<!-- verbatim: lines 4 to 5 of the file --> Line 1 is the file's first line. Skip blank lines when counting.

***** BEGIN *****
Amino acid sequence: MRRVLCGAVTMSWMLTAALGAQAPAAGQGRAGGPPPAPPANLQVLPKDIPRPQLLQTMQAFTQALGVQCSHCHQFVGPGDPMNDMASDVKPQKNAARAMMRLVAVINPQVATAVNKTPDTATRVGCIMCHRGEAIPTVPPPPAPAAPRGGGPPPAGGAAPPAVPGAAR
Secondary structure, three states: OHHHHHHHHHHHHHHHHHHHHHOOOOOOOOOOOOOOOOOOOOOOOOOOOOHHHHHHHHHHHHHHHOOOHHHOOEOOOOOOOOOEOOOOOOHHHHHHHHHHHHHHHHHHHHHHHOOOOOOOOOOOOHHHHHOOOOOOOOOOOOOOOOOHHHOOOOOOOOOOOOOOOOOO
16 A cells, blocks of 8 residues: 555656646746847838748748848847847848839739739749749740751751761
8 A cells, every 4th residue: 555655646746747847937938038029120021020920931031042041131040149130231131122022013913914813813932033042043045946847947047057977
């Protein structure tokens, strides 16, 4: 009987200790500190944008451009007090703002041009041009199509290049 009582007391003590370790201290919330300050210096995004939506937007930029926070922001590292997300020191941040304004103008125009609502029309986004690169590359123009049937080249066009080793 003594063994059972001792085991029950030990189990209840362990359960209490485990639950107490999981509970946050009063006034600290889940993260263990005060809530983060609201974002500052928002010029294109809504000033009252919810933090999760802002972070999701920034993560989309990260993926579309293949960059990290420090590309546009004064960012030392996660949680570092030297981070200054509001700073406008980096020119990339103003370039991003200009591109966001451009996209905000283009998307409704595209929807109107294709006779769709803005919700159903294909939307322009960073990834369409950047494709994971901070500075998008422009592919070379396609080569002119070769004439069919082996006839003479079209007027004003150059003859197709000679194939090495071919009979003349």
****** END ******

8 A cells, every 4th residue: 555655646746747847937938038029120021020920931031042041131040149130231131122022013913914813813932033042043045946847947047057977
């Protein structure tokens, strides 16, 4: 009987200790500190944008451009007090703002041009041009199509290049 009582007391003590370790201290919330300050210096995004939506937007930029926070922001590292997300020191941040304004103008125009609502029309986004690169590359123009049937080249066009080793 003594063994059972001792085991029950030990189990209840362990359960209490485990639950107490999981509970946050009063006034600290889940993260263990005060809530983060609201974002500052928002010029294109809504000033009252919810933090999760802002972070999701920034993560989309990260993926579309293949960059990290420090590309546009004064960012030392996660949680570092030297981070200054509001700073406008980096020119990339103003370039991003200009591109966001451009996209905000283009998307409704595209929807109107294709006779769709803005919700159903294909939307322009960073990834369409950047494709994971901070500075998008422009592919070379396609080569002119070769004439069919082996006839003479079209007027004003150059003859197709000679194939090495071919009979003349």